Delayed Launch May Deliver A Rocket's Red Glare for July 4

By Guy Gugliotta
Washington Post Staff Writer
Monday, July 3, 2006

CAPE CANAVERAL, July 2 -- Flight controllers for the second day in a row Sunday scrubbed the launch of space shuttle Discovery, poised for liftoff beneath murky gray skies as lightning crackled and thunderstorms rumbled. NASA officials said they will try again Tuesday.

"We have scrubbed for the day," shuttle launch director Mike Leinbach told mission control at 1:14 p.m., only a few minutes after mission Commander Steven Lindsey and Discovery's six other crew members had been strapped into their seats. Launch had been scheduled for 3:26 p.m.

NASA decided to "stand down" Monday to top off onboard supplies of liquid hydrogen, used as fuel in powering the shuttle's electric system during flight. The hydrogen, despite being cooled several hundred degrees below zero Fahrenheit, boils off as it sits in fuel cells on the launchpad.

Leinbach said he and flight director Steve Stich conferred about noon Sunday after a clearing trend in the weather suddenly reversed, and decided two hours early to scrub the mission to provide extra time for refueling, a difficult and painstaking process. A full load of hydrogen should give the shuttle enough electricity to add a day to its 12-day mission.

Leinbach said the team will attempt to launch Tuesday, at 2:38 p.m., and Wednesday, if necessary. Bad weather is predicted for Monday, but some improvement is expected Tuesday. At no time Sunday were launch chances rated any better than 30 percent.

Should Tuesday bring a successful launch, it will mark the first time in the shuttle's 25-year history that the craft -- in effect an enormous rocket -- launched on Independence Day. John Shannon, chairman of the mission management team, called it "a great gift NASA can give to the nation."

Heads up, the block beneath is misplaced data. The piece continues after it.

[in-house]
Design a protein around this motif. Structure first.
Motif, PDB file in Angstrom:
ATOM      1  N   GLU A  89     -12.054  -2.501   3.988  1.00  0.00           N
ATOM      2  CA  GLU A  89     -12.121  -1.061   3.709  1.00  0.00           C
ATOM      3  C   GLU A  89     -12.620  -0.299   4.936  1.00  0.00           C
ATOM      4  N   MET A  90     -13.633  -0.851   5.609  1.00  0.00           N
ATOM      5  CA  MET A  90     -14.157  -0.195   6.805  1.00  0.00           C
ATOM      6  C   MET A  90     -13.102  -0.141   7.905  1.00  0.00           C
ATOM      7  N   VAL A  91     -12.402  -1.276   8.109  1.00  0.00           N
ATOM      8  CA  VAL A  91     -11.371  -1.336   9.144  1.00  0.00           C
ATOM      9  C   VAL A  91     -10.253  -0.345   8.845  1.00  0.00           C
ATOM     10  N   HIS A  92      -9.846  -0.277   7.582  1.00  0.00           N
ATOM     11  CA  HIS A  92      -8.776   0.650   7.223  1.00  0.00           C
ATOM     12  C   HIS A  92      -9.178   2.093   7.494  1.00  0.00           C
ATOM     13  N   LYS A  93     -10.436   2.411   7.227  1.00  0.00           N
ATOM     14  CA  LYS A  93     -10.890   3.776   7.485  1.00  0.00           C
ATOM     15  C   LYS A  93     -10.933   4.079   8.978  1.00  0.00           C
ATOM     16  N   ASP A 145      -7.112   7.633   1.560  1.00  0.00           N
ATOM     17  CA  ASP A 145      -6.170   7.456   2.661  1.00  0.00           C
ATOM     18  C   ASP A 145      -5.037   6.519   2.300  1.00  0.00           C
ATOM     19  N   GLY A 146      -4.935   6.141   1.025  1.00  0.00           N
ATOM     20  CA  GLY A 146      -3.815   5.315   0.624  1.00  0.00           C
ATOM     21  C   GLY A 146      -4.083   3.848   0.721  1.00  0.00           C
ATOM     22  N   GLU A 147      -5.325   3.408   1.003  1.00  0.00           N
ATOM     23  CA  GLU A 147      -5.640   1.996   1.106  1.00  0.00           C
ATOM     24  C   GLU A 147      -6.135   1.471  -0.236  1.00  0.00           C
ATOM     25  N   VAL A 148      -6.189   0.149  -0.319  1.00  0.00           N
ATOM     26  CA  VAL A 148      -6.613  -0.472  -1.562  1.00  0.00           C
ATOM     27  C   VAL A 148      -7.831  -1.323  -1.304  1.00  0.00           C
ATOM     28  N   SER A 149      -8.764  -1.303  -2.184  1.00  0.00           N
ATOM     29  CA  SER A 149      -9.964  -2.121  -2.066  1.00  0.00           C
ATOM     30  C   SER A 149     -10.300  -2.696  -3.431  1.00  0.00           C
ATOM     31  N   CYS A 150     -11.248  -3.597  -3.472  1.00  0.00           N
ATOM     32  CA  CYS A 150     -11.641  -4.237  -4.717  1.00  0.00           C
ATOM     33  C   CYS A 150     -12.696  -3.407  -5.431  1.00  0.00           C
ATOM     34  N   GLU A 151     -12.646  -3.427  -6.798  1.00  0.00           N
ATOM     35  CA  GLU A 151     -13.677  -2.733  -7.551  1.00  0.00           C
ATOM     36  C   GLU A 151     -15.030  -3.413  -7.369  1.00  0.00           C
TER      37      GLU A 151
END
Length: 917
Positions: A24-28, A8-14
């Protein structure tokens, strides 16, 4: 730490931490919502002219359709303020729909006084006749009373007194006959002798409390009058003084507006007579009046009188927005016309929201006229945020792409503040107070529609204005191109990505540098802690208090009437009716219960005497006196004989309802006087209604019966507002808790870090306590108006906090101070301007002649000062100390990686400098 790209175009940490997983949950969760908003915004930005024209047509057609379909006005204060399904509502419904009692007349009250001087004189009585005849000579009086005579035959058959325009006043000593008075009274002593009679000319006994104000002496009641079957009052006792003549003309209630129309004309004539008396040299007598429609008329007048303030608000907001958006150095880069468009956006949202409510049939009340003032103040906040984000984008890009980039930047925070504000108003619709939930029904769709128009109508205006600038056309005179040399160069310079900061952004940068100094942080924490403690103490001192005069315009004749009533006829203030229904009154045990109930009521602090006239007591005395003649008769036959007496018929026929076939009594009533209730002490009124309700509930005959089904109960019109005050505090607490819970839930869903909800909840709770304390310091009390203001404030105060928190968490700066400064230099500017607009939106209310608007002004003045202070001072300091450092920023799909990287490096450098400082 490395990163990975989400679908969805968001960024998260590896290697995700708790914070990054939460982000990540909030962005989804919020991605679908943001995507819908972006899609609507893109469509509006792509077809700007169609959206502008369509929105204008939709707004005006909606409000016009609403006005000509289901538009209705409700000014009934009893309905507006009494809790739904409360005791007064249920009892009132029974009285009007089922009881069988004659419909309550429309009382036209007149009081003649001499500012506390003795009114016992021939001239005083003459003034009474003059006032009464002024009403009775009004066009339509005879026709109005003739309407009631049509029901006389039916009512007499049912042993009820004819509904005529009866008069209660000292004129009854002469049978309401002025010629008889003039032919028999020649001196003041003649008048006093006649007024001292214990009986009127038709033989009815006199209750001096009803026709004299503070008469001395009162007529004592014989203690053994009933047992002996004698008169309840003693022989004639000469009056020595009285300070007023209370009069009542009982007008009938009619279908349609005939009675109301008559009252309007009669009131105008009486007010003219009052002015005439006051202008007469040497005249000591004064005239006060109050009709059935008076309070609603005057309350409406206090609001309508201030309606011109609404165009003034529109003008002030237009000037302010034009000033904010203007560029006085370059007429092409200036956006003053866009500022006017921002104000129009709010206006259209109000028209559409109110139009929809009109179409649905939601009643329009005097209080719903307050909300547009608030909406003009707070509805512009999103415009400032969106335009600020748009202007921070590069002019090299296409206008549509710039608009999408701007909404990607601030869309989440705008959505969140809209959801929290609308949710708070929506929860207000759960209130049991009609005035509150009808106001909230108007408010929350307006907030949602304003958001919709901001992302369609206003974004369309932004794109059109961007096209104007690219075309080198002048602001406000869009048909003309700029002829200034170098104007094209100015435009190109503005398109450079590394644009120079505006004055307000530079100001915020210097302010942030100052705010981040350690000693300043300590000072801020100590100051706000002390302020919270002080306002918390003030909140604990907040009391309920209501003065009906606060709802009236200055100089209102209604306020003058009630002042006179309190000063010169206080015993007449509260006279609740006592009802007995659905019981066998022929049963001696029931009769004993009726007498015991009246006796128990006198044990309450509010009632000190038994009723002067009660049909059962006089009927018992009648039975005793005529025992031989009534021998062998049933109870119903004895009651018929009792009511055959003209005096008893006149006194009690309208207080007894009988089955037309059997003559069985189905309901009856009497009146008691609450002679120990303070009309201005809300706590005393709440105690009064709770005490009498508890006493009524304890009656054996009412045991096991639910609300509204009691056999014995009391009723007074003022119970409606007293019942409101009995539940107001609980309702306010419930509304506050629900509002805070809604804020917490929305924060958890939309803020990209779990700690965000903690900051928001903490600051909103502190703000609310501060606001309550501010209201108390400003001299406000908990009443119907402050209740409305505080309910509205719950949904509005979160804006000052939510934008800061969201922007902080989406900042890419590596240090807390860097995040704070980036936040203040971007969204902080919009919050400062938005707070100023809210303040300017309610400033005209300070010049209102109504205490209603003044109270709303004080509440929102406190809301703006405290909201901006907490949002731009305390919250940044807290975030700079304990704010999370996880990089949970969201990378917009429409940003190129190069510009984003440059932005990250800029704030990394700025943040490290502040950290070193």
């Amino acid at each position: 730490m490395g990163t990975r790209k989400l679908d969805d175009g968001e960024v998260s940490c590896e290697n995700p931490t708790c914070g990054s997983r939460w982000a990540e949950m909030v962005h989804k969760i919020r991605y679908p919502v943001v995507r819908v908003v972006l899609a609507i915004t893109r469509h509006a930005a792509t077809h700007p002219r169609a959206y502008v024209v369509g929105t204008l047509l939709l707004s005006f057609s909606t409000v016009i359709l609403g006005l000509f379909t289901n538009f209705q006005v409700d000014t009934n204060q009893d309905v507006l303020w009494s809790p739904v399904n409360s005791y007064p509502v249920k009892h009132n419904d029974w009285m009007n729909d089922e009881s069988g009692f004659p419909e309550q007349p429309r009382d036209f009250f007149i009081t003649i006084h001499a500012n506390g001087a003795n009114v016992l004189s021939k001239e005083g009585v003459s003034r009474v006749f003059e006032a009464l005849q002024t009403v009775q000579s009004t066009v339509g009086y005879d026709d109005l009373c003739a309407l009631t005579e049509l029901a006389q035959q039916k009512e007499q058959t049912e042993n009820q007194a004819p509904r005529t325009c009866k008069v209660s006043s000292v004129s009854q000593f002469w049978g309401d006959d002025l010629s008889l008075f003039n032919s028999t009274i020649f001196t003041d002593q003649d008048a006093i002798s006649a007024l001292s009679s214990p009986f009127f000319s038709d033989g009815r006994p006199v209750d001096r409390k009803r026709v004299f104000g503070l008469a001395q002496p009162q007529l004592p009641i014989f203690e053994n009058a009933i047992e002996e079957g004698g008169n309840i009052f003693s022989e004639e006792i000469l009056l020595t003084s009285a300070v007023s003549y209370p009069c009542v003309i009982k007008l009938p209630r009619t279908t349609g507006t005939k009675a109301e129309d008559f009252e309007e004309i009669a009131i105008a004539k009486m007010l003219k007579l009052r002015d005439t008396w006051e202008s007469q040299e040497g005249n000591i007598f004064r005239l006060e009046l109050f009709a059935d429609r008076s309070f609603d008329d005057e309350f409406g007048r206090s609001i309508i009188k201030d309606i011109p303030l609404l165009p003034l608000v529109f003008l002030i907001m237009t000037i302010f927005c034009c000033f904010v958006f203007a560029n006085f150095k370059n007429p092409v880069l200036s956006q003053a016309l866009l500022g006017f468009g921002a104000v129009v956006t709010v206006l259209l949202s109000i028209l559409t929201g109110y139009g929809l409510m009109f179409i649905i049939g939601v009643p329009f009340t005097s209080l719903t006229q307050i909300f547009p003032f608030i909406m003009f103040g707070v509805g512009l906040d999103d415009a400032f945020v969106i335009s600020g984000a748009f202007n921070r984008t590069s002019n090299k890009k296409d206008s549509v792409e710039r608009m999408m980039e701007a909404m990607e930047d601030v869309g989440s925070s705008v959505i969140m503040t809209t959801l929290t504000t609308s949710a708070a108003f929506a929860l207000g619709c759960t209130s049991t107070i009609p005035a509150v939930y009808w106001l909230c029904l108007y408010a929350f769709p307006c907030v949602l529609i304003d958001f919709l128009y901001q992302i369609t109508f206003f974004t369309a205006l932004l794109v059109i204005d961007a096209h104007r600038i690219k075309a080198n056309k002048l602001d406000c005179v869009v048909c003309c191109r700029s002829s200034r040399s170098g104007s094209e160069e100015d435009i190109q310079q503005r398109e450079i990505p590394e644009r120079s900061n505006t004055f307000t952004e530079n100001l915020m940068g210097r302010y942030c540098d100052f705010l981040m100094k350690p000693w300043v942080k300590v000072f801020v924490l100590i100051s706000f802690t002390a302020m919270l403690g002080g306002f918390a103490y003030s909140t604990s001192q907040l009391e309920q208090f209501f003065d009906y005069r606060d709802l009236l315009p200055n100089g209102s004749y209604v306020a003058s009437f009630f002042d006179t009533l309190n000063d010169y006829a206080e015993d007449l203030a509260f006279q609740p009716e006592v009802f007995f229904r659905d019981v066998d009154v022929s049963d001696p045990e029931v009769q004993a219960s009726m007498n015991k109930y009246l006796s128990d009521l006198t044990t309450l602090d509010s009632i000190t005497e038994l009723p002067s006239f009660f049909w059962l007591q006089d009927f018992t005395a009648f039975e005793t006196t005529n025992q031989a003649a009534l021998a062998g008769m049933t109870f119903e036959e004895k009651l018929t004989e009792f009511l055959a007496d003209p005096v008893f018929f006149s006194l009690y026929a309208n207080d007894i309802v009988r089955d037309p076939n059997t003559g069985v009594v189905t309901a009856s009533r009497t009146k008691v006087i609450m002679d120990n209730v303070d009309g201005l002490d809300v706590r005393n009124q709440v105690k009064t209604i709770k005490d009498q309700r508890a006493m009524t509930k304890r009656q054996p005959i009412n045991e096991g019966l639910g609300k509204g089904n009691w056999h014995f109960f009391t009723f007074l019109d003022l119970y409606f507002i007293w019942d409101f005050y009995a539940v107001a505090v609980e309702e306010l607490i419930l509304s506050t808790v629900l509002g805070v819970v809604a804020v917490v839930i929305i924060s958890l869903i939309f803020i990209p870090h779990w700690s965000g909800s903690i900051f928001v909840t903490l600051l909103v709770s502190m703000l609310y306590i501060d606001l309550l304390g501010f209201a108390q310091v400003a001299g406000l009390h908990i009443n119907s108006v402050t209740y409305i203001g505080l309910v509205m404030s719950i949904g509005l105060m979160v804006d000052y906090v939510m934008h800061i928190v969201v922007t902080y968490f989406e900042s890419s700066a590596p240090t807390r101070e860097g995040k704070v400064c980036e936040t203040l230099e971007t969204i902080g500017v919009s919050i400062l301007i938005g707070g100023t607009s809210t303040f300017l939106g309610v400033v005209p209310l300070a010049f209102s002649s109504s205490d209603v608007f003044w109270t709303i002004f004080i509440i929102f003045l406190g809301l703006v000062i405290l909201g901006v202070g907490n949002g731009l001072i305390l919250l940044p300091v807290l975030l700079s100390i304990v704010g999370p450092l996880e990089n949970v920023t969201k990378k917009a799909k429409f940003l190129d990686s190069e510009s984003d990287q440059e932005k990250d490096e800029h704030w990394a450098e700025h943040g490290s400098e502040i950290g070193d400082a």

But Leinbach noted that each weekend or holiday scrub costs about $1 million in materials and labor, and should the next two launch attempts fail, the team would have to order another stand down to refuel. At that point, engineers could decide not only to replenish the hydrogen in the fuel cells, but also to refill the spherical storage tanks that hold liquid hydrogen and liquid oxygen for the 500,000-gallon external tank that fuels the shuttle's main engines.

That process can last three or four days, but Leinbach said at some point it must be done, because draining and refilling the external tank after each scrub results in fuel loss that cannot be made up by normal tanker deliveries. Eventually, engineers must stop trying to launch and top off the storage tanks.

Discovery's mission will focus on restocking the international space station, repairing station machinery and testing new shuttle equipment. In addition, the shuttle will deliver European Space Agency astronaut Thomas Reiter to the station to join Commander Pavel Vinogradov and Flight Engineer Jeffrey Williams, bringing the station's complement back up to three for the first time since space shuttle Columbia disintegrated over Texas in 2003.

Shuttle officials have cautioned for a week that midsummer afternoons in central Florida are generally rainy. NASA, however, must launch Discovery in the afternoon so it will be on course to intercept the space station and remain in daylight after liftoff so cameras can photograph the external fuel tank when it is released. Damage caused by fragments of foam insulation from the external tank caused the Columbia disaster, and such fragments have remained the program's chief concern since.

In contrast to Saturday, when a bright morning raised hopes for a smooth launch, Sunday began with thunderstorms stalking across Florida's midsection, bathing the Kennedy Space Center in periodic deluges. Around 11 a.m. the weather cleared, but even as the astronauts reached Discovery around noon, clouds began to swirl again over launchpad 39B.

Just before 1 p.m., the Space Center declared a lightning alert, sending technicians scurrying inside. Leinbach scrubbed the launch 20 minutes later. "There was no hope that the weather would clear in time to meet the launch window," launch commentator Bruce Buckingham said over NASA television.

At the time of the scrub, the launch facility had been in violation of at least four launch criteria for virtually the entire day: cloud cover; lightning; the presence of lightning-bearing clouds, known as "anvils"; and potential electricity in the air.

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